• The available suitable rooftop space for PV panels to be installed
  • Any obstructions, such as snow or dirt that may accumulate on the PV panels

In addition to these prevailing installation types, photovoltaic /PV solar energy systems come in an increasing variety of standalone applications, as described below.

Roof Mounted Installations

PV panels, combined as PV arrays, are widely installed on rooftops, to generate solar energy for homes, businesses and public sector buildings. These systems are very popular, are now seen by many people as aesthetically pleasing, in the growing climate of clean energy awareness, and have been shown to increase the value of homes.


  • Makes excellent use of existing roof space
  • Provides additional roof protection from the elements
  • Usually faster and easier to install than ground-mounted systems
  • Very low maintenance


  • Initial installation costs
  • Can require roof modifications in some cases, before installation can proceed
  • Space limitations, depending on the size and configuration of the roof
  • Fixed angle and orientation of the roof planes

Ground Mounted Installations

PV panels, again combined as PV arrays, are also widely used in ground mounted installations, particularly in larger-scale power generation settings. These systems allow the option of installing tracking systems that enable the PV panels to follow the movements of the sun and therefore capture more sunlight throughout each day and over the course of the seasons.


  • Provides greater scope for PV solar energy generation, given adequate available space
  • Provides options for overcoming the fixed angle and orientation restrictions of roof mounted systems
  • Easier to access for any required maintenance


  • Takes up ground space that must be dedicated to that purpose
  • Much more readily apparent visually, which may not be welcomed

Standalone Installations

Photovoltaic /PV solar solar energy is also increasingly be generated via standalone installations, such as and also in free-standing installations.

Examples include:

  • Standalone ‘plug and play’ PV panels for home or office electricity generating use.
  • ebike chargers and mobile phone chargers serving as local amenities for bars and restaurants, plus other installation types for public spaces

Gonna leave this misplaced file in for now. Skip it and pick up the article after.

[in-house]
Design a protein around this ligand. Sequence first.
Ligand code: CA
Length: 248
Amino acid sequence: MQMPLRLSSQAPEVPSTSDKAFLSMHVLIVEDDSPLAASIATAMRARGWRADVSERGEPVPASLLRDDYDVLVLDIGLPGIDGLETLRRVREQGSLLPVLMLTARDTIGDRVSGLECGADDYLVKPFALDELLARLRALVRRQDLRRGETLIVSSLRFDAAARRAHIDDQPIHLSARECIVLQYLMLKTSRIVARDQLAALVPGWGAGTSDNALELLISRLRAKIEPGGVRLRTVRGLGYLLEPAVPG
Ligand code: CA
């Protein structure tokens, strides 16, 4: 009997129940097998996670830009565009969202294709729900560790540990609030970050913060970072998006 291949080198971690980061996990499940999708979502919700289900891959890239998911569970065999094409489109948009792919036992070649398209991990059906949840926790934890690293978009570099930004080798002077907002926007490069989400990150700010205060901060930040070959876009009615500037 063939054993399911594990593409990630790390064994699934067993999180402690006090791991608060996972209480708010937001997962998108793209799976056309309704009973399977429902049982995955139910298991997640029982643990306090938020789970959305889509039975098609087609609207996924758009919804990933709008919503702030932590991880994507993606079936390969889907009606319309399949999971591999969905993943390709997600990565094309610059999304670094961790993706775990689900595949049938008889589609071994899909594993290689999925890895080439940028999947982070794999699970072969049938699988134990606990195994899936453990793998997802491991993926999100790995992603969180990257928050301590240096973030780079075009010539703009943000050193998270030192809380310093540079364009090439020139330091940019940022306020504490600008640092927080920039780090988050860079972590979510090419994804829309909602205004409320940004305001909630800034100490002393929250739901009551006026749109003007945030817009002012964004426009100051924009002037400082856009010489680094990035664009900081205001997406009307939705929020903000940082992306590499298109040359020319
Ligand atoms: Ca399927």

• Free-standing agricultural charging units that provide shade for plants to grow while supplying power for irrigation units

These installations address the growing needs of the ‘always on, always connected’ nature of modern society, via clean energy. Experience shows that these installations are also received with positive reactions, given the increasing awareness of and desire for environmentally friendly energy.

Future Prospects for Photovoltaic (PV) Solar Energy

The prospects for photovoltaic / PV solar energy are very bright, and getting brighter all the time. As the U.S. Department of Energy says on its website, “Solar is so hot right now. Overall utility-scale photovoltaic (PV) generated enough electricity last year to power more than 2 million homes. It’s also creating jobs – a lot of them. In 2015, the solar workforce grew at a rate 12 times faster than the overall economy and boasts a workforce of more than 220,000 domestic jobs.”

The Department of Energy’s SunShot Initiative to drive down the cost of solar electricity and support solar adoption reports that the cost of solar energy is plummeting. As a result, the solar industry has made significant strides in the cost targets set by SunShot to be achieved by the year 2020. For example, the cost target of $0.06 per kilowatt-hour for utility-scale PV has nearly been achieved, with progress already being made toward a $0.03 per kilowatt-hour cost for utility-scale PV by 2030.

Likewise, strong progress is being made in reducing the cost of residential and commercial PV solar energy production, as shown in the following chart:

More broadly, access to low-cost solar energy is opening up opportunities for healthier and even safer lives around the world, whether through enabling agriculture, medicine or simply, the vital ability to charge mobile devices on the move. As a result, PV solar energy is now mainstream, with all the signs of being one of the major sources of clean energy – both large-scale and small-scale – in the years and decades ahead.

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  • Ein PV Modul und eine Batterie: Mmaxer | Shutterstock.com